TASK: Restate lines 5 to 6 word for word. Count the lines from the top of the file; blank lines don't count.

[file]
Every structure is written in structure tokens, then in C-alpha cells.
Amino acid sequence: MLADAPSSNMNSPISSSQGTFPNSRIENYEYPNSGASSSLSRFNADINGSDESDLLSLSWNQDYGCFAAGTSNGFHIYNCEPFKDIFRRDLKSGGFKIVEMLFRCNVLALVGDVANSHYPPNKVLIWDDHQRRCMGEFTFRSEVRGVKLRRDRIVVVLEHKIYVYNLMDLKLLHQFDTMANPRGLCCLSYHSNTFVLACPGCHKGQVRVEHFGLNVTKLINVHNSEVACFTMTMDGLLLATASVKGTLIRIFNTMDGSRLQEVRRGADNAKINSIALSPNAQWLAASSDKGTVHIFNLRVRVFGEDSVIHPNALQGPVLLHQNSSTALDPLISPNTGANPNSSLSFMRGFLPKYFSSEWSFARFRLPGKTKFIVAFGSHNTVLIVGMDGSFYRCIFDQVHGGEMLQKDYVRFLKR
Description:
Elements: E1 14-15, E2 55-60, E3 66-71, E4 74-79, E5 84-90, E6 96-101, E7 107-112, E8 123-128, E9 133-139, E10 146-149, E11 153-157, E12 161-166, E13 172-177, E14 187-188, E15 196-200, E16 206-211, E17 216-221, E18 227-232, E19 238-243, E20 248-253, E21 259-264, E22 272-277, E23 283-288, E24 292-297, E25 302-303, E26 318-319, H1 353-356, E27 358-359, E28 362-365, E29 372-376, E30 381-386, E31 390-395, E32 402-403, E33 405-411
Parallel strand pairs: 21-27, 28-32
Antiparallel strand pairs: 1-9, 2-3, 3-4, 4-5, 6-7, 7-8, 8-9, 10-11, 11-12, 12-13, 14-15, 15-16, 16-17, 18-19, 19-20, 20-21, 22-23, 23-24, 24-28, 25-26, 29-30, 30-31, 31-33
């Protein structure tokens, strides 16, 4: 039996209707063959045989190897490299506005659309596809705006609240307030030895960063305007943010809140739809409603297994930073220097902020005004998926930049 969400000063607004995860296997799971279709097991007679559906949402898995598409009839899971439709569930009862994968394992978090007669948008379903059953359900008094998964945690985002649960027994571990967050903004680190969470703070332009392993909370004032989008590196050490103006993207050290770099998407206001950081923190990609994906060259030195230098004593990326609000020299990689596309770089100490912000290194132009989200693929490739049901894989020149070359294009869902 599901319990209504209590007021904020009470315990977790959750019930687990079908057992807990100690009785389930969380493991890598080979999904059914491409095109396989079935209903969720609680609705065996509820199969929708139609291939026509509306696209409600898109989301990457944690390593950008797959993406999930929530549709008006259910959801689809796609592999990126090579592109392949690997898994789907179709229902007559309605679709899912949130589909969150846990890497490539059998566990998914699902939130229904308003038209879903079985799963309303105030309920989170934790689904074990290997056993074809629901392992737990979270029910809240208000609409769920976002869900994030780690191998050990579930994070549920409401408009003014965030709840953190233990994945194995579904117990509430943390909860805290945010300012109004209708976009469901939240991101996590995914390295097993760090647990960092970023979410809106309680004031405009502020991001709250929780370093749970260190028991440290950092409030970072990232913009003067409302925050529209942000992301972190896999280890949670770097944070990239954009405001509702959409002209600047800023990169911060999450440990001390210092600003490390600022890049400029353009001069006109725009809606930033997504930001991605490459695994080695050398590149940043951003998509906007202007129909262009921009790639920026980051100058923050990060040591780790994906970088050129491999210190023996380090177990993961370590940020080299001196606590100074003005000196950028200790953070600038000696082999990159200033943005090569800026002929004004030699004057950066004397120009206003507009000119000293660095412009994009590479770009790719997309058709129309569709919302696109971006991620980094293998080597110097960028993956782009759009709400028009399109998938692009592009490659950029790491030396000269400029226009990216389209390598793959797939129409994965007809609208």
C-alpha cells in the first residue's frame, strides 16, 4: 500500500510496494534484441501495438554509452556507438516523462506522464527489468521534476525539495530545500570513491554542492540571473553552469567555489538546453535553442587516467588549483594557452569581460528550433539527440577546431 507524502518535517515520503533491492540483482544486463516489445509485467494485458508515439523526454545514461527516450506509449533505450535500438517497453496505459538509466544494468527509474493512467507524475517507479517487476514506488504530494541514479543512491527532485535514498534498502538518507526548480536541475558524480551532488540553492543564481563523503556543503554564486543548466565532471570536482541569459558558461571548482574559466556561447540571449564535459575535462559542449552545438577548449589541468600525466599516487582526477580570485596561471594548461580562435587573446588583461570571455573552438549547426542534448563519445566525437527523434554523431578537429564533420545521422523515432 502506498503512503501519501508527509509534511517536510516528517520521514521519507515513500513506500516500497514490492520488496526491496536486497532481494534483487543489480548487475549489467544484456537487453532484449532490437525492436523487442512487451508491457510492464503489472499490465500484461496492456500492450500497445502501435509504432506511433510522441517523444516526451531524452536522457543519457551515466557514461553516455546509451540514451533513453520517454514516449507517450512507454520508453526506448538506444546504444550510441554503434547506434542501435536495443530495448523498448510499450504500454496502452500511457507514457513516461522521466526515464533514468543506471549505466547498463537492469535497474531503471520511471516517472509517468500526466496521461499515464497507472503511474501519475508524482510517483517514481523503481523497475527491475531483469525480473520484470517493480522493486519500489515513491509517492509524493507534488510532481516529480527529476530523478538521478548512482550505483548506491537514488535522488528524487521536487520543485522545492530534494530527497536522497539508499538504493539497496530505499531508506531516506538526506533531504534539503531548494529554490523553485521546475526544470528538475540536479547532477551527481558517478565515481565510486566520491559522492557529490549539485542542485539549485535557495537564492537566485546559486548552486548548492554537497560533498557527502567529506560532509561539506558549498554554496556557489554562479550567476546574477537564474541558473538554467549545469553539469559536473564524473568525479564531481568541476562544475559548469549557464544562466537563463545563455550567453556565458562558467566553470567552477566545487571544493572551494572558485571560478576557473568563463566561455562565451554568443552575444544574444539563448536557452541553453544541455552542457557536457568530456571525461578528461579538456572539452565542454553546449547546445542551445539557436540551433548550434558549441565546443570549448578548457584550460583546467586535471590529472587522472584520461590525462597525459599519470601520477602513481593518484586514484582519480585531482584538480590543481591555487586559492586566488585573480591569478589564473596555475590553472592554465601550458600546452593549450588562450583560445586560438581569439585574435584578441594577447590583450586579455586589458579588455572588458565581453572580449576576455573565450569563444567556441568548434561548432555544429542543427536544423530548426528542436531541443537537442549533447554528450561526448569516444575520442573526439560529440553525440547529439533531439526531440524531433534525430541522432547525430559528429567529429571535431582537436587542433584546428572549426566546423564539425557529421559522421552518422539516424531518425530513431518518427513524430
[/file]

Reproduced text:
Parallel strand pairs: 21-27, 28-32
Antiparallel strand pairs: 1-9, 2-3, 3-4, 4-5, 6-7, 7-8, 8-9, 10-11, 11-12, 12-13, 14-15, 15-16, 16-17, 18-19, 19-20, 20-21, 22-23, 23-24, 24-28, 25-26, 29-30, 30-31, 31-33